Today for “Feature Friday” let us welcome the wonderful Ditrie Marie Bowie and her book Fillius Glint.
We will have info about the book and author, agreat excerpt of the book and a interview with Ditrie Marie.
Make sure to check everything out and go and show her some love and add the book to your TBR 😉
Happy Reading 🙂
When you are an adult, living with your parents can be awkward. All Nigel Iffik wants is one quiet night alone with his hand. Instead, he unwittingly unleashes a malicious virus which infects his entire family’s network of electronics and Universe Growers. Trillions of sentient beings succumb to destruction as his sister, Nancy, scrambles to undo the damage to her mostly unprotected Universe Grower. Will the anti-viral protocols stop the digital onslaught in time?
Follow four residents of one such endangered universe as they chomp tacos, battle the absurd, and uncover a secret that will change their lives forever.
This dream was boring. Instead of battling fire-breathing dragons or taming ninja rats, I was standing around waiting for something to happen. I mean, come on.
Elder Boya was here, too, even though he’d died five years ago. And Dream Boya wasn’t a paragon of action-adventure, either.
We were stuck in the center of my village— a patch of dust ringed by straw-thatched huts. I ran past the taco trees that bordered the village, but the dream plopped me right back in the center whenever I closed in on freedom.
Screw this, I was sick of standing. I sat down on the ground in a huff.
Dream Boya wore blue ceremonial robes that fluttered in a wind I couldn’t feel. His white beard had been combed and threaded into intricate braids. I wondered what the special occasion was.
Other elders were behind him, but they weren’t real people— more like formless shadows. A crowd thrummed behind me, but I couldn’t turn my head to watch them.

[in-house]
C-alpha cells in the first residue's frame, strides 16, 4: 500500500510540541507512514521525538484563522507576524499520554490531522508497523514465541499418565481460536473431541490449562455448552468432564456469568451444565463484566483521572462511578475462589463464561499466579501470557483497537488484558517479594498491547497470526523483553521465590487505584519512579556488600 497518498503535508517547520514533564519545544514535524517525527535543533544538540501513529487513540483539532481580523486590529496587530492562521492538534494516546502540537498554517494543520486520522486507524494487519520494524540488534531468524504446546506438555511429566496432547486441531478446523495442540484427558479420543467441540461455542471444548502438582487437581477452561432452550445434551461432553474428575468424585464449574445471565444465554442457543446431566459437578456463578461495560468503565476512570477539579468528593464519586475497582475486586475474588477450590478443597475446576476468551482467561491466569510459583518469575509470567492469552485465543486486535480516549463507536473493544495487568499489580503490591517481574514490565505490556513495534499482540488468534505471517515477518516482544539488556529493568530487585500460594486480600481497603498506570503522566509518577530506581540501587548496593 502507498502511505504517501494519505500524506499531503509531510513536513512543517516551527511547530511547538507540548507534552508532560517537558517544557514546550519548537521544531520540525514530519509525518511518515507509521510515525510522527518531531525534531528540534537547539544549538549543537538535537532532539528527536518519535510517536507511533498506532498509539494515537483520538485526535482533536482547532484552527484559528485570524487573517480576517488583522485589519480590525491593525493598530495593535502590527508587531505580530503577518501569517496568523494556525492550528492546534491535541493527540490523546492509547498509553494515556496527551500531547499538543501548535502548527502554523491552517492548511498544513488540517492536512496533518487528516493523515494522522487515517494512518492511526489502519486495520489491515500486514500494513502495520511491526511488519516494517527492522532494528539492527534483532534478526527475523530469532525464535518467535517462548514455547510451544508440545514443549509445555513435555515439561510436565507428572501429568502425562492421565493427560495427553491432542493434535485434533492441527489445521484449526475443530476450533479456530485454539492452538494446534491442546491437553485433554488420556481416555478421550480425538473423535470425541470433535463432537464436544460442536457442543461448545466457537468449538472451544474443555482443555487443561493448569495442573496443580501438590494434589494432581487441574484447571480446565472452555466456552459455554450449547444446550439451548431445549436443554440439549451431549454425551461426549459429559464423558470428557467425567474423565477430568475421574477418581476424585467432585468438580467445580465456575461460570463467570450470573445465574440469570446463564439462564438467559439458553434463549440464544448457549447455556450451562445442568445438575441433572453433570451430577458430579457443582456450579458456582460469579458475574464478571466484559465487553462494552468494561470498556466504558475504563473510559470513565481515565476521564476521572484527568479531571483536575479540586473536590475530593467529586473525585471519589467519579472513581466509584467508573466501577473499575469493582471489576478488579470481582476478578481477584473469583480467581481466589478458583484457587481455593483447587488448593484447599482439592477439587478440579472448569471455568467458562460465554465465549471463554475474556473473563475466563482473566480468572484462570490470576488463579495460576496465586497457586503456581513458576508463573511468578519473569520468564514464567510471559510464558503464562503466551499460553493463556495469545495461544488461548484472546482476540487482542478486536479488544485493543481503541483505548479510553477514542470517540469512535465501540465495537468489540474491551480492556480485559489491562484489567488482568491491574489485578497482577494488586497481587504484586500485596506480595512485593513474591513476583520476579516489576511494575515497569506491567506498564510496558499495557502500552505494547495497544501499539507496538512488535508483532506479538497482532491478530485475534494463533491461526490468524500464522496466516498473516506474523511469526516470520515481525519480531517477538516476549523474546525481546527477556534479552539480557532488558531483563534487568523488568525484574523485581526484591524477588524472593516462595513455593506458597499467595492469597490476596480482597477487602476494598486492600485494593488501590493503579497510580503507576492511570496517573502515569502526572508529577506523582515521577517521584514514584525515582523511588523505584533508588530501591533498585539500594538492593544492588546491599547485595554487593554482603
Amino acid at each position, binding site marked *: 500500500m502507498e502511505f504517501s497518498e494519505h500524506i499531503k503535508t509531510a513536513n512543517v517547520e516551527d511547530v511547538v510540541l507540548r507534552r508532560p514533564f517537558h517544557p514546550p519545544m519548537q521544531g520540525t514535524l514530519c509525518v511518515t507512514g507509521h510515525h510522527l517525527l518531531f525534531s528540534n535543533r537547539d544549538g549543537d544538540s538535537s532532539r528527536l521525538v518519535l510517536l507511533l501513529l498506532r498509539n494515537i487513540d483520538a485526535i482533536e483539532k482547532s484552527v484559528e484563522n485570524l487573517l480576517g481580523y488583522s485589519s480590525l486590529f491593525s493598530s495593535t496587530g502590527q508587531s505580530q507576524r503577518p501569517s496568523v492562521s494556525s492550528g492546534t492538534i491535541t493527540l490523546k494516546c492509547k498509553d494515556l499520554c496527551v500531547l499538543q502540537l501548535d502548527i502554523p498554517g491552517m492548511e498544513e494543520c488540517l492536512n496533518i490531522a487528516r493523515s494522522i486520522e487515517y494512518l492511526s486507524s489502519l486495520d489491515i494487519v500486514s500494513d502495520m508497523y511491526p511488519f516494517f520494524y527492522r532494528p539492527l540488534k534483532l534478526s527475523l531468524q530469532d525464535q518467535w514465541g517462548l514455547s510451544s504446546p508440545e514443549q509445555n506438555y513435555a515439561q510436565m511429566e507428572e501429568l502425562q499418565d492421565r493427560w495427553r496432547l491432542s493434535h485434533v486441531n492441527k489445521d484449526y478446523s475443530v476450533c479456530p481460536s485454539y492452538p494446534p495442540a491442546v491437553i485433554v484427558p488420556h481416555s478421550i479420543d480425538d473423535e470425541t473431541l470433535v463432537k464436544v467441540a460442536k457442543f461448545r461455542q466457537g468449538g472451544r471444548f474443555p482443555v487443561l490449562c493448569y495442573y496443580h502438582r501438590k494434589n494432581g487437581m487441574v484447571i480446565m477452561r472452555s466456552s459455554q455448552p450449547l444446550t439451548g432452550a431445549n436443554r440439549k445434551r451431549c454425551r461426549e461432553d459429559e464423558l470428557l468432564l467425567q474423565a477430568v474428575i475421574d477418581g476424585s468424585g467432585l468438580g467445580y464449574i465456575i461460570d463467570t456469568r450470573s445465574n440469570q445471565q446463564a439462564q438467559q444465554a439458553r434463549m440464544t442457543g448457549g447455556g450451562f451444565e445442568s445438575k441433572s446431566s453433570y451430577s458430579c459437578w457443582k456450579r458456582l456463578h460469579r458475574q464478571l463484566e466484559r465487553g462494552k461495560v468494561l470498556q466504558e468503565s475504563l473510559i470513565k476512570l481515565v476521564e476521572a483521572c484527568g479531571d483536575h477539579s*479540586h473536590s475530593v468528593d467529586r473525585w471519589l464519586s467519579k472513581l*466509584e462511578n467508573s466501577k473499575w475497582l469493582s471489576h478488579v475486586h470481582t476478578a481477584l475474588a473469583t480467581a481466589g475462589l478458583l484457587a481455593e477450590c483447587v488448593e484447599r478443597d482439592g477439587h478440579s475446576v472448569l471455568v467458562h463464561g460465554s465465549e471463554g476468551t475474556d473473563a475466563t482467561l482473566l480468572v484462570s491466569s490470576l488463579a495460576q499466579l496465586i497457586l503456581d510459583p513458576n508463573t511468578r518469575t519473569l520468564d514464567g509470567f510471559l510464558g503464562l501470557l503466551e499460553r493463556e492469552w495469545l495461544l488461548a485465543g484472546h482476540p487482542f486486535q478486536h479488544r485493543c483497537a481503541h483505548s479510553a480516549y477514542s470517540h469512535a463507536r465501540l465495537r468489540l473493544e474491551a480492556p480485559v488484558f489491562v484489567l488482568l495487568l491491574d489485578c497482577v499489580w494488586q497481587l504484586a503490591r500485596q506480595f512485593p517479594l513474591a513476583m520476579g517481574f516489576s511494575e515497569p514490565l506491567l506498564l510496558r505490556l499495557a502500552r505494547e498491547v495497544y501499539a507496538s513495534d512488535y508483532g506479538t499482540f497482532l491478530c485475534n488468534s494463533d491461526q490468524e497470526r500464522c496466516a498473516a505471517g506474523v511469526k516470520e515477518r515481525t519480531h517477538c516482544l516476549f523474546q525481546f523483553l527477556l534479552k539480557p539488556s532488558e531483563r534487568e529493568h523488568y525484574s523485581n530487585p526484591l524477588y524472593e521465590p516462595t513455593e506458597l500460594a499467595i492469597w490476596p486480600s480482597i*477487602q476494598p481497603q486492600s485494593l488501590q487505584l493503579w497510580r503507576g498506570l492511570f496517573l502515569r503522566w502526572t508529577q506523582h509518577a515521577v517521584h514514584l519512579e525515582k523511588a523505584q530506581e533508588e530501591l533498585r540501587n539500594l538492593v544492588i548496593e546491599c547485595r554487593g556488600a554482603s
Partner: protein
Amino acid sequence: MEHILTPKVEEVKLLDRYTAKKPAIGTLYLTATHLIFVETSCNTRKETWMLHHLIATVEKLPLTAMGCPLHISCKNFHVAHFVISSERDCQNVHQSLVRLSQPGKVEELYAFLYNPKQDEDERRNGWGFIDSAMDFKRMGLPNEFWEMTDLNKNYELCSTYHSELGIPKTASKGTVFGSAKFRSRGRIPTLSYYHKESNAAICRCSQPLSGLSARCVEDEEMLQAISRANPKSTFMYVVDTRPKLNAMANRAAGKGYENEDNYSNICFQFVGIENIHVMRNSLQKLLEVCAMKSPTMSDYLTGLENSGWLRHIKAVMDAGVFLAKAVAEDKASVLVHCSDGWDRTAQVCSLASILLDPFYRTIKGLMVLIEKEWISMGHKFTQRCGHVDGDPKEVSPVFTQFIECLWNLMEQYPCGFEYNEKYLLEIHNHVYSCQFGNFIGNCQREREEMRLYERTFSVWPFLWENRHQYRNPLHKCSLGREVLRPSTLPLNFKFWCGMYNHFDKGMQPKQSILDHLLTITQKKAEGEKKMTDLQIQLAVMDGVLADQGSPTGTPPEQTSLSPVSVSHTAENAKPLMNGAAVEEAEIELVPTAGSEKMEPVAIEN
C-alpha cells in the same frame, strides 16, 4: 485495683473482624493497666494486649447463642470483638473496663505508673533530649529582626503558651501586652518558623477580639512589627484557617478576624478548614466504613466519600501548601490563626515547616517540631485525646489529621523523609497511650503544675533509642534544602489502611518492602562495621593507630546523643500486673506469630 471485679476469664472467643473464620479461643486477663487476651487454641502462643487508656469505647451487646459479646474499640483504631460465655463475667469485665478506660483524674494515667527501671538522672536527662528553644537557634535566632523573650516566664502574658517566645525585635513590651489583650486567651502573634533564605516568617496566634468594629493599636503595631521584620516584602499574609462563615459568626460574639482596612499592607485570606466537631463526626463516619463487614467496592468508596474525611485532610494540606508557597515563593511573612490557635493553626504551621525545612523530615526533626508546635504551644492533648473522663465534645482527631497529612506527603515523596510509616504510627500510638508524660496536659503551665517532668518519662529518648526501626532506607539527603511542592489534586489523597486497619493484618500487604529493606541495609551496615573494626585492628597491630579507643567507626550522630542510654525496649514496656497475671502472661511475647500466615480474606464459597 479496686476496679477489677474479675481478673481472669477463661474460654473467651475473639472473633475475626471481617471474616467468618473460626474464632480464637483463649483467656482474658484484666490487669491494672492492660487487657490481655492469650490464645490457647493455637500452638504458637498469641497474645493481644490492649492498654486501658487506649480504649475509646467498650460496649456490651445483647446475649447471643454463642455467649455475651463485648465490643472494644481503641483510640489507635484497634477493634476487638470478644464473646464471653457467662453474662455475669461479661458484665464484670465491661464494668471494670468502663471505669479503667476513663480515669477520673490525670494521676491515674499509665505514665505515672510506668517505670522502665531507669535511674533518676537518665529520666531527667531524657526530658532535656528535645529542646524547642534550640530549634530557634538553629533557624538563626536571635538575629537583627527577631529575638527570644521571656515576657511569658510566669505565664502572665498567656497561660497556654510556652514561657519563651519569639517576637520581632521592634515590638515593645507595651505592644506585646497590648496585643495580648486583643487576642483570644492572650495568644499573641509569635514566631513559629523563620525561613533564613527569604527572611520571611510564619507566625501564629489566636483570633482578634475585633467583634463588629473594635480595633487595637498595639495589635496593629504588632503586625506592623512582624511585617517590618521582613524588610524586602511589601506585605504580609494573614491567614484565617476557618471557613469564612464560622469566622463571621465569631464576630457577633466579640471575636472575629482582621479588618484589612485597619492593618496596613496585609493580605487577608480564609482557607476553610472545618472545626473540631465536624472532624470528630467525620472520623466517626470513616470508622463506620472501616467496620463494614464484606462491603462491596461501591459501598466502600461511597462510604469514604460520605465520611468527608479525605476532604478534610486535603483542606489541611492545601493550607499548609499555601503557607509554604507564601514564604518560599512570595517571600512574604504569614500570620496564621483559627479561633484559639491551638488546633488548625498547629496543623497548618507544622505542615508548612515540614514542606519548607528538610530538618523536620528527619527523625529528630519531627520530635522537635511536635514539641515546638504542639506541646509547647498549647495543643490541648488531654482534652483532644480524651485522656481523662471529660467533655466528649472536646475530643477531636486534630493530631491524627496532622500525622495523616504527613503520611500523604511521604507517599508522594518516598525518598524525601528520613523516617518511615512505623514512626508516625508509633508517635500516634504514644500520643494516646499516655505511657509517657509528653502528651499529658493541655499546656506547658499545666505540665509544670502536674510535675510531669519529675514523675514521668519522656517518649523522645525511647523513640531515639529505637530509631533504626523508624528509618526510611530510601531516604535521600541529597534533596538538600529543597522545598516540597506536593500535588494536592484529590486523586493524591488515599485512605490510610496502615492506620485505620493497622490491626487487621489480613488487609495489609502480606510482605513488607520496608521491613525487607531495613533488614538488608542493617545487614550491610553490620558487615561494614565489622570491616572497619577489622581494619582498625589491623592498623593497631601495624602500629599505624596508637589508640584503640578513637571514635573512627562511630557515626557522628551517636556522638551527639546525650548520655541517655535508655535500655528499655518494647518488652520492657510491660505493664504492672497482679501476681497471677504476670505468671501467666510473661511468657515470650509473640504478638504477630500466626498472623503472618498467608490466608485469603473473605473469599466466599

Dreams were weird.
Bored, I reached into my pouch for a bauble. But there was nothing there. Frantic, I patted the ground all around me. The satchel was nowhere to be found. Irritated, I scratched my nose. That bag wasn’t only my livelihood— it was the sign of my office. A smetoriya wasn’t complete without one.
I glared at the others in the dreamscape. Had one of the shadows stolen my pouch? I saw the marking staff in Dream Boya’s hand, the knots and whorls of its wood as ancient as my people. That’s when everything clicked into place. In this dream, I hadn’t been made a smetoriya yet. Not officially.
Without warning, the dream world hushed. It was a silence that rattled my bones.
Boya spoke. “It is your eighteenth spring, Calliya Tregoriya. The time has come. You must stand before the people and be marked. Guardian watch over us as we celebrate, the elements witness this day. Did you complete the poros wreath?”
Glancing down, I saw a wreath resting in my palms. It looked like the one I had woven for the real ceremony: tiny leaves and delicate white petals intertwined in an elaborate braid. The main difference was this one glowed like something out of the Spiritwait. Shuddering, I stood up and passed it to Dream Boya. He accepted the gift with a slight bow of his head. A ghostly wind tousled his robes, but the breeze didn’t touch me.
A creeping unease rushed down my shoulders. Air was one of my elements to call; I should at least be able to sense it moving.
The errant wind blew over the poros wreath, crumbling it to dust in Dream Boya’s hand. “It’s gone.” He whispered, his rheumy eyes brimming with confusion. “Gone.” He threaded knobby fingers through the braids of his beard, tugging in frustration. “Ill omen. Ill portent. Oh, woe be unto all who stand witness here this day.” The marking staff drooped and darkened, writhing in his grasp; Elder Boya’s face twisted in tormented anger.